TDIMeister
  • Member

  • 310 posts
  • Joined: January 06

Posted 22 November 2022 - 22:04

Color me cynical but nobody who has access to enough money will in a million years be stupid enough to throw resources into the money pit of trying to develop this "mystery" design with no (even claimed!) efficiency upsides. You know they've pitched this to the OEMs and they didn't take the bait. By the time something like this is in the open public on the internet "looking for individual investors" phase (keeping the actual concept secret and unpatented is a particularly cynically bold and flagrant red flag) , it means all the smart money has already run screaming away and they are desperately chasing easy, stupid money before they inevitably throw in the towel permanently. This is therefore a dead concept walking, in its terminal phase, at this point only looking for naïve marks to fleece before they move on to the next "investor" scam. No I didn't watch the pitches, they are essentially all the same. There will be no further major design developments in piston ICEs again, the design has already reached its logical and developmental endpoints.

Yeesh - cynical indeed! :)



#7 GregThomas

GregThomas
  • Member

  • 147 posts
  • Joined: January 22

Posted 23 November 2022 - 06:18

Yeesh - cynical indeed! :)

But probably true - as it relates to fourstrokes.



#8 PJGD

PJGD
  • Member

  • 134 posts
  • Joined: April 04

Posted 24 November 2022 - 00:57

"There will be no further major design developments in piston ICEs again, the design has already reached its logical and developmental endpoints".

 

 

This may be true for light duty vehicles, but is not true for commercial applications.  For example, Cummins and Daimler have recently joined forces to develop a new medium duty commercial vehicle engine.  Also, there are plenty of off-road applications that will be difficult to electrify and a lot of thought is being given to how they might be adapted to operate on various low carbon fuels in the future.  This is likely to lead to some unique or less common solutions such as VCR and other relatively novel features.  Note: I am not expecting the Alfadan engine to be among the future commercial engines.



#9 Greg Locock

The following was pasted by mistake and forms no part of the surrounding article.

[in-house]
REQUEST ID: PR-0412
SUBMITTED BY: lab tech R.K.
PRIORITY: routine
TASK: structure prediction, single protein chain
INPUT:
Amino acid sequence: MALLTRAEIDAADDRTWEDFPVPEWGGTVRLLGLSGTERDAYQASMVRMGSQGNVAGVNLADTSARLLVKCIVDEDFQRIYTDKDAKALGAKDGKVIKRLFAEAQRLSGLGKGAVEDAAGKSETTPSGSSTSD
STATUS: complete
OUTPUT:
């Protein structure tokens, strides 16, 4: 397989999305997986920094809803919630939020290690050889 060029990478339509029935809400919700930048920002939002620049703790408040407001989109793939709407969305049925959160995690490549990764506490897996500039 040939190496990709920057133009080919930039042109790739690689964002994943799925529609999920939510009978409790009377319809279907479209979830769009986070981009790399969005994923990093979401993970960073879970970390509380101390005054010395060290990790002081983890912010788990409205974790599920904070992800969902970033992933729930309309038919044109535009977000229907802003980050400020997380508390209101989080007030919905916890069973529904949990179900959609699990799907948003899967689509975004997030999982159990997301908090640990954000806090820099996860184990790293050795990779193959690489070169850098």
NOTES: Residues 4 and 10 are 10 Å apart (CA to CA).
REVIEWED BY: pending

Greg Locock
  • Member

  • 6,179 posts
  • Joined: March 03

Posted 24 November 2022 - 04:31

Agricultural tractors seem to me to be a biggish problem. When you are ploughing you often have a bowser at the side of the field, 200 hp continuous is a big electrical load for 12 hours a day. Especially if you are out in the sticks.



#10 GregThomas

GregThomas
  • Member

  • 147 posts
  • Joined: January 22

Posted 24 November 2022 - 06:48

Amazingly we had electric tractors local to me in NZ in the 1930's  Google Samson Grip Electric tractors if you're interested. The guy who developed them was Chief Engineer for the local Electric Power Board in rural South Canterbury.



#11 Greg Locock

Greg Locock
  • Member

  • 6,179 posts
  • Joined: March 03

Posted 24 November 2022 - 07:15

I am interested but my google-fu fails me. The best i can find is An electric tractor works alongside a horse team in Canterbury in the 1930s. The electric tractor was developed in Ashburton to increase local demand for electricity. Although the machine looked cumbersome, with its pivoted turret through which the feeder cable was passed from a transformer on a nearby truck, it worked quite well. The eight machines built managed over 8,000 hours work between them. However, tractors driven by oil fuels proved cheaper to run.

https://teara.govt.nz/en/photograph/18408/electric-tractor


#12 Greg Locock

Greg Locock
  • Member

  • 6,179 posts
  • Joined: March 03

Posted 24 November 2022 - 07:18

https://www.stuff.co...wer-to-the-land

 

Not an official Samson though, they were gone by 1930



#13 GregThomas

GregThomas
  • Member

  • 147 posts
  • Joined: January 22

Posted 24 November 2022 - 17:22

I'd been told about them as a kid. But that link is about all there is on line I think.